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Some Bass Clef Questions

Discussion in 'General Instruction [BG]' started by mickeyw3340, Nov 26, 2003.

  1. Trying to learn to sight read the bass line on the Bass Clef instead of playing arond the guitar chord charts.

    1. If on the Bass staff you have one note above or below another ... which one would the bass play? For instance..the guitar chord for the measure is a G. On the bass staff there is a D note on the third line and a G note on the first line. Which one should be played, the lower one G to match the guitar chord, or the upper one, the D. IS there a rule? If there is more than one note written, would the bass always play the lower or the upper?

    2. If on the staff, the b is always flatted, indicated by a flat symbol on the second line at the beginning of the staff.... would all B notes be flatted even those above the staff on the space before the first upper ledger line?

    3. If a specific B note is to be flatted in one single measure, indicated by a symbol on that specific note only , would all B notes after that on the same measure also be flatted? Or does that apply only to that one occurence of the B?

    This may sound basic, but yes I have a general knowledge of music theory, but am trying to come back up to speed learning to play the bass cleff?
  2. 1. If the D is directly above the G then you should play a double stop... playing both the G (3rd fret) and D (5th fret) simultaneously.

    2. Yes, unless there's an accidental.

    3. All B's in that measure would be flatted unless indicated otherwise. Once you go over the bar line it would return to B natural.

    Hope this helped, good luck.
  3. tuBass


    Dec 14, 2002
    Mesquite, Texas
    remember, there's no such thing as a stupid question, just stupid guitarists.
  4. Chasarms

    Chasarms Casual Observer

    May 24, 2001
    Bettendorf, IA USA
    Yes, if you are reading musisc specifically for bass. But, if you are using piano music as your guide, most all of it is going to doubled or even tripled.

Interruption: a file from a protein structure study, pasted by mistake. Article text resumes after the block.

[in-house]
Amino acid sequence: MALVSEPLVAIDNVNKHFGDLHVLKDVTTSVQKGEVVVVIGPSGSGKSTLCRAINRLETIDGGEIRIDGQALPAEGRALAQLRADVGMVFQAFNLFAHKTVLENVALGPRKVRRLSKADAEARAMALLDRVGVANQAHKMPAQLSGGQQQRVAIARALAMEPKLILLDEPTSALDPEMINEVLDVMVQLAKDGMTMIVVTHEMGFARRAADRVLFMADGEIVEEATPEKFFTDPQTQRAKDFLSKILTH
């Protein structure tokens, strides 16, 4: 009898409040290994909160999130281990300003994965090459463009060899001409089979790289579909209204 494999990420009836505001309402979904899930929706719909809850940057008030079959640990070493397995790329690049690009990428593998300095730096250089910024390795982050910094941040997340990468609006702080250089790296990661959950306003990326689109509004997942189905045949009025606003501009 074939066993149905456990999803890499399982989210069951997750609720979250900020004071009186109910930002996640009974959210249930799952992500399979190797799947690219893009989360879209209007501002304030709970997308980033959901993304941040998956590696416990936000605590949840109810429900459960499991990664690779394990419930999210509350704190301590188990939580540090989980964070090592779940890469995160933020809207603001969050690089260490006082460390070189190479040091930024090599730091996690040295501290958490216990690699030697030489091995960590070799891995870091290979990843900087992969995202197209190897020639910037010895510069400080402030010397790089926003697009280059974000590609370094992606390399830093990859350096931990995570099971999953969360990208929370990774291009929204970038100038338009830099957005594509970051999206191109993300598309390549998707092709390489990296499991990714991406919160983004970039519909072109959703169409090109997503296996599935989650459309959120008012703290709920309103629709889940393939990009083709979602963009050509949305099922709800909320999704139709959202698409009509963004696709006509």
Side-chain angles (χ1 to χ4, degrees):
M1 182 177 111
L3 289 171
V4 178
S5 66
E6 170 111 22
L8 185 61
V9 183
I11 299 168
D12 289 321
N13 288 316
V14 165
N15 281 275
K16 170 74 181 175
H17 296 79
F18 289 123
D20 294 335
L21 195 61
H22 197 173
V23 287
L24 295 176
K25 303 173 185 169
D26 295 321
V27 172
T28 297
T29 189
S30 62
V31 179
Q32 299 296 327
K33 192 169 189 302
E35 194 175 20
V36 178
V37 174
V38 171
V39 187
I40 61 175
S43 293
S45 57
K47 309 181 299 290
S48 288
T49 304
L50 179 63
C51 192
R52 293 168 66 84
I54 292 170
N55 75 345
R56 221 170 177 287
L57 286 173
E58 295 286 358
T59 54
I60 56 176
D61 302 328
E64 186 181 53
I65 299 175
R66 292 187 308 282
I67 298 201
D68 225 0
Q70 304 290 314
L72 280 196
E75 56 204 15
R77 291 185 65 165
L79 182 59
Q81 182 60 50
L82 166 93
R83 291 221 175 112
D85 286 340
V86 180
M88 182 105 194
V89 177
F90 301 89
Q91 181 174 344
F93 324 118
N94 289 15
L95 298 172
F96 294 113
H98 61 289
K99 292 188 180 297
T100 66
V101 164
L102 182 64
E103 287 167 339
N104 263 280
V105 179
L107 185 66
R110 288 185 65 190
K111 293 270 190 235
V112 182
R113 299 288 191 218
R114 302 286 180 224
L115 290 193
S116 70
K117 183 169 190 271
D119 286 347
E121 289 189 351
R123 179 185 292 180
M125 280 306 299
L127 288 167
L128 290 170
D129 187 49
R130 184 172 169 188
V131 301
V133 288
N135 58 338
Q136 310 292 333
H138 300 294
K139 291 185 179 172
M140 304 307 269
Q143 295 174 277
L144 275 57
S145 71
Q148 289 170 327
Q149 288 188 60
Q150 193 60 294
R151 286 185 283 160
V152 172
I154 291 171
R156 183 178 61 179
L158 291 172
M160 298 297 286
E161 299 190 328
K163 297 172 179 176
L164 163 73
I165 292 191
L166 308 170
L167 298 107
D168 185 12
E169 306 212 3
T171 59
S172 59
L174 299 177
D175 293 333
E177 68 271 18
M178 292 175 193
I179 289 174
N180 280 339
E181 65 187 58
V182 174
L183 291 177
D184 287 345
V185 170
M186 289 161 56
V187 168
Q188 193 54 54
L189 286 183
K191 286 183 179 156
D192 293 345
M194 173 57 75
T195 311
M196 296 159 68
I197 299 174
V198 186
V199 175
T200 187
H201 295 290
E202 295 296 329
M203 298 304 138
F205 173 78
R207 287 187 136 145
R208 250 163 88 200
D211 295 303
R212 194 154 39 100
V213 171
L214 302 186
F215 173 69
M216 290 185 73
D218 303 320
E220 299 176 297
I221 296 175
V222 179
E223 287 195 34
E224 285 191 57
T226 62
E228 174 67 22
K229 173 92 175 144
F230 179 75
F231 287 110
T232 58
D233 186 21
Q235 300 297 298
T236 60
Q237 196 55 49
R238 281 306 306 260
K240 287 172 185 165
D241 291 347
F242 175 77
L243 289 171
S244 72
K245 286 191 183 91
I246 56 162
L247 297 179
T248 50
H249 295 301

If that is the case, play the lowest note on the staff.
  5. Bruce Lindfield

    Bruce Lindfield Unprofessional TalkBass Contributor Gold Supporting Member In Memoriam

    I don't think this will necessarily work - the piano could be playing an inversion of the chord that won't work - the thing is not to play piano music - except on a piano!

    I would say you are better off making up your own bass line rather than playing a line written for piano. Unless you are going to play it all, with some technique like two-handed tapping!!
  6. Yep. I've never heard of a bassist having to play in unison with a piano for no particular reason other than there not being any bass music. If the bass part isn't written out you'd surely have a chart or symbols.
  7. Chasarms

    Chasarms Casual Observer

    May 24, 2001
    Bettendorf, IA USA
    I kind of got the impression that he was just playing anything written in bass clef to practice. I thought his use of piano music was implied. But, in reading his post again, it isn't necessarily implied.

    When I was learning to read, I played the lower notes of piano music all the time. Alone of course.

    If I am actually playing with people and all I have is piano music, I usually just take a look at the key sig and wing it from there. If the piano player is playing a heavy bass line (after several minutes of incessant whining of course) I just play a low pad, almost like a string part.

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